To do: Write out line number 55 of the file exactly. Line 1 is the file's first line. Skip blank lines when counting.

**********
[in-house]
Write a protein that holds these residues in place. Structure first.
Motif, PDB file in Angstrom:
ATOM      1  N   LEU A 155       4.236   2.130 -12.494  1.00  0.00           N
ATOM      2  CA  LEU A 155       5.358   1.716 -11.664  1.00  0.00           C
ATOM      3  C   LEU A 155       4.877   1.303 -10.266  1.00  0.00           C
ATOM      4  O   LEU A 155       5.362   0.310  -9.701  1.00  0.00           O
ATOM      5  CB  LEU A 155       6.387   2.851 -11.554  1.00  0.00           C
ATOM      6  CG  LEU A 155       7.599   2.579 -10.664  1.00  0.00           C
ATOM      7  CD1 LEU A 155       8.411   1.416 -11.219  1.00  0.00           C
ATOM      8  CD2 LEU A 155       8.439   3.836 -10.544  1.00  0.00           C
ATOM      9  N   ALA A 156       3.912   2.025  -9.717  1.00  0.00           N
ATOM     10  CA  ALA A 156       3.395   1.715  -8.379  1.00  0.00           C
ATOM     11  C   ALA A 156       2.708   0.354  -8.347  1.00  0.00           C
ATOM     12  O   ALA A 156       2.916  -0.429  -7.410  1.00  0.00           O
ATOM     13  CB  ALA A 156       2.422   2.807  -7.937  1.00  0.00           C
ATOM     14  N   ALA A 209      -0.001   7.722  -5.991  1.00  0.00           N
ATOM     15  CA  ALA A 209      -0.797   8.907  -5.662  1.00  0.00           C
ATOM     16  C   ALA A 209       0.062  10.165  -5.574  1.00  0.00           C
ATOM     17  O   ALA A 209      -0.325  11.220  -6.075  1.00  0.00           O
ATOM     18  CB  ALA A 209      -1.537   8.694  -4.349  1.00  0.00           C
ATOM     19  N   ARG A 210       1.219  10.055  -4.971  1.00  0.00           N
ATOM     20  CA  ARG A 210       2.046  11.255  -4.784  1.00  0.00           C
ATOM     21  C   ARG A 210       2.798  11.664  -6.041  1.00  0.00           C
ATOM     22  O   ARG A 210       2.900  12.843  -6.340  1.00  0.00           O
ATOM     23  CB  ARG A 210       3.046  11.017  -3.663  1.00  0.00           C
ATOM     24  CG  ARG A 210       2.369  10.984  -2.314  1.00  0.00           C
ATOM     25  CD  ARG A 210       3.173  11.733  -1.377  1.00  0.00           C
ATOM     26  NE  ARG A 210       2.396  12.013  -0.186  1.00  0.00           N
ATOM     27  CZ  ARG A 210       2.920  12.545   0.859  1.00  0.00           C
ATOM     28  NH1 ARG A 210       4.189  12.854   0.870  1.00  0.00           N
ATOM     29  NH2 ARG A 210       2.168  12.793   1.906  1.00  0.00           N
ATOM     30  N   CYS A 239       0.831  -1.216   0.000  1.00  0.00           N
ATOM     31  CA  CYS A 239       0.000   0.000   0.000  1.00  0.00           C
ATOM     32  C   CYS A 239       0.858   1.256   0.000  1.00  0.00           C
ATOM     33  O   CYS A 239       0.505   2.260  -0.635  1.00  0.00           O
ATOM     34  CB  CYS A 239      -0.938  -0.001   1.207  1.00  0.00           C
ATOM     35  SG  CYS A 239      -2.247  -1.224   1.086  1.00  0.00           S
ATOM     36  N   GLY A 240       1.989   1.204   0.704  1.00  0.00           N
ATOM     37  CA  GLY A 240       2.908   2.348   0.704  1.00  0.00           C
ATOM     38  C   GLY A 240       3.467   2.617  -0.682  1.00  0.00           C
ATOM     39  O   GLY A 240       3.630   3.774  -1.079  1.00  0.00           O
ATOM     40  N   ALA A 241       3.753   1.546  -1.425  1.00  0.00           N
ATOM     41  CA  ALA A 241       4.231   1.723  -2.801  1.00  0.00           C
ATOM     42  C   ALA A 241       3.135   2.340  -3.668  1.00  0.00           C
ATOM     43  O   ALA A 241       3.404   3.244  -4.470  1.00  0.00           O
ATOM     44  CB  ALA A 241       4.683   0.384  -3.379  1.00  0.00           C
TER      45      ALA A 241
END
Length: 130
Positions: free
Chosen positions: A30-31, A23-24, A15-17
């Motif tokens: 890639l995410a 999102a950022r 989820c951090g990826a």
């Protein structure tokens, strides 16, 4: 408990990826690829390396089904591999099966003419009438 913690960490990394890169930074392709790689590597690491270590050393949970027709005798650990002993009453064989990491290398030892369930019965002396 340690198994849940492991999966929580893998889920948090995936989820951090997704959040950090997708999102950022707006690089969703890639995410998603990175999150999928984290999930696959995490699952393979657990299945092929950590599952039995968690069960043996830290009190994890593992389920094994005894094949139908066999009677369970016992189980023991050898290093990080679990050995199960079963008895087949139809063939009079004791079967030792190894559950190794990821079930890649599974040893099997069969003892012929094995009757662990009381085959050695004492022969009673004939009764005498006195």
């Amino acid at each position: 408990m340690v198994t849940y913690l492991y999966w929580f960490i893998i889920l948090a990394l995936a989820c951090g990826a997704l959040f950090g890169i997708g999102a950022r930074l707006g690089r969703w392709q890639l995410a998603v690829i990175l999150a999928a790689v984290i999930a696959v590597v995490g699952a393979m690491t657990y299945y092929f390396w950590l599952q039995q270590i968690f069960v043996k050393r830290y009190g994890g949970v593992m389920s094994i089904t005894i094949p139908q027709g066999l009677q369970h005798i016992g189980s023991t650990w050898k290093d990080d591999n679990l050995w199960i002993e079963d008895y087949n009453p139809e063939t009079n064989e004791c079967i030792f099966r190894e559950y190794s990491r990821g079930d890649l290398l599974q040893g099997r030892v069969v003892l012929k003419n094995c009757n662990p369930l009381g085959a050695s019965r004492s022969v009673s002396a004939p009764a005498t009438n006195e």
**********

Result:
């Amino acid at each position: 408990m340690v198994t849940y913690l492991y999966w929580f960490i893998i889920l948090a990394l995936a989820c951090g990826a997704l959040f950090g890169i997708g999102a950022r930074l707006g690089r969703w392709q890639l995410a998603v690829i990175l999150a999928a790689v984290i999930a696959v590597v995490g699952a393979m690491t657990y299945y092929f390396w950590l599952q039995q270590i968690f069960v043996k050393r830290y009190g994890g949970v593992m389920s094994i089904t005894i094949p139908q027709g066999l009677q369970h005798i016992g189980s023991t650990w050898k290093d990080d591999n679990l050995w199960i002993e079963d008895y087949n009453p139809e063939t009079n064989e004791c079967i030792f099966r190894e559950y190794s990491r990821g079930d890649l290398l599974q040893g099997r030892v069969v003892l012929k003419n094995c009757n662990p369930l009381g085959a050695s019965r004492s022969v009673s002396a004939p009764a005498t009438n006195e």